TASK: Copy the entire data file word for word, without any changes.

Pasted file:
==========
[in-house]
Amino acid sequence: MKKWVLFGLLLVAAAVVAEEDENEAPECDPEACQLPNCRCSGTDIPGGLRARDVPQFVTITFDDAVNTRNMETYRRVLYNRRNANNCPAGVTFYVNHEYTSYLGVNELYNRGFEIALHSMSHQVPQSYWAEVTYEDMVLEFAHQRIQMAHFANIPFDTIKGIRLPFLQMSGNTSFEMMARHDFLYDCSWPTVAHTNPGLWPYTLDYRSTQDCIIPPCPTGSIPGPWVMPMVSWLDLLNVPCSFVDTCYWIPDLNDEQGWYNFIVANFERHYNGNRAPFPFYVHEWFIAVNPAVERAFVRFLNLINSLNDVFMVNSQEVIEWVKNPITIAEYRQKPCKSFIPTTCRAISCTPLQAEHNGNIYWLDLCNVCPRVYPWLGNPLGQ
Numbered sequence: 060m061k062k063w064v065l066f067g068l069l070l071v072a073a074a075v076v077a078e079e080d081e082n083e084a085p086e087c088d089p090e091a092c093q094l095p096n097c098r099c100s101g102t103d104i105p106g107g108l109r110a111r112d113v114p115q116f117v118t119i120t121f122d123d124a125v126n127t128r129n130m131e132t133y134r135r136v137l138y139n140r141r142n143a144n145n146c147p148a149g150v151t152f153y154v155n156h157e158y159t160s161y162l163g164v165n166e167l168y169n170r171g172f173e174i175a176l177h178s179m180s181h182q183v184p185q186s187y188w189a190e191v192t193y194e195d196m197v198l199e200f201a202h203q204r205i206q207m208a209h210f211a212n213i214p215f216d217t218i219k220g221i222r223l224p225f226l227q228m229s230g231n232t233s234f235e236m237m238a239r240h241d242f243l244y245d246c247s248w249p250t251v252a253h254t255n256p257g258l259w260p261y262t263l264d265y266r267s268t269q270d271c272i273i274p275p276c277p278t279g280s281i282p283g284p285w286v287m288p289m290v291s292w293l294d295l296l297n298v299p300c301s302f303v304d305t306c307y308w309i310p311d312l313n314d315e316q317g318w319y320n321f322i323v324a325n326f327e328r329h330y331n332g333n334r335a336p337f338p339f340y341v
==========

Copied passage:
[in-house]
Amino acid sequence: MKKWVLFGLLLVAAAVVAEEDENEAPECDPEACQLPNCRCSGTDIPGGLRARDVPQFVTITFDDAVNTRNMETYRRVLYNRRNANNCPAGVTFYVNHEYTSYLGVNELYNRGFEIALHSMSHQVPQSYWAEVTYEDMVLEFAHQRIQMAHFANIPFDTIKGIRLPFLQMSGNTSFEMMARHDFLYDCSWPTVAHTNPGLWPYTLDYRSTQDCIIPPCPTGSIPGPWVMPMVSWLDLLNVPCSFVDTCYWIPDLNDEQGWYNFIVANFERHYNGNRAPFPFYVHEWFIAVNPAVERAFVRFLNLINSLNDVFMVNSQEVIEWVKNPITIAEYRQKPCKSFIPTTCRAISCTPLQAEHNGNIYWLDLCNVCPRVYPWLGNPLGQ
Numbered sequence: 060m061k062k063w064v065l066f067g068l069l070l071v072a073a074a075v076v077a078e079e080d081e082n083e084a085p086e087c088d089p090e091a092c093q094l095p096n097c098r099c100s101g102t103d104i105p106g107g108l109r110a111r112d113v114p115q116f117v118t119i120t121f122d123d124a125v126n127t128r129n130m131e132t133y134r135r136v137l138y139n140r141r142n143a144n145n146c147p148a149g150v151t152f153y154v155n156h157e158y159t160s161y162l163g164v165n166e167l168y169n170r171g172f173e174i175a176l177h178s179m180s181h182q183v184p185q186s187y188w189a190e191v192t193y194e195d196m197v198l199e200f201a202h203q204r205i206q207m208a209h210f211a212n213i214p215f216d217t218i219k220g221i222r223l224p225f226l227q228m229s230g231n232t233s234f235e236m237m238a239r240h241d242f243l244y245d246c247s248w249p250t251v252a253h254t255n256p257g258l259w260p261y262t263l264d265y266r267s268t269q270d271c272i273i274p275p276c277p278t279g280s281i282p283g284p285w286v287m288p289m290v291s292w293l294d295l296l297n298v299p300c301s302f303v304d305t306c307y308w309i310p311d312l313n314d315e316q317g318w319y320n321f322i323v324a325n326f327e328r329h330y331n332g333n334r335a336p337f338p339f340y341v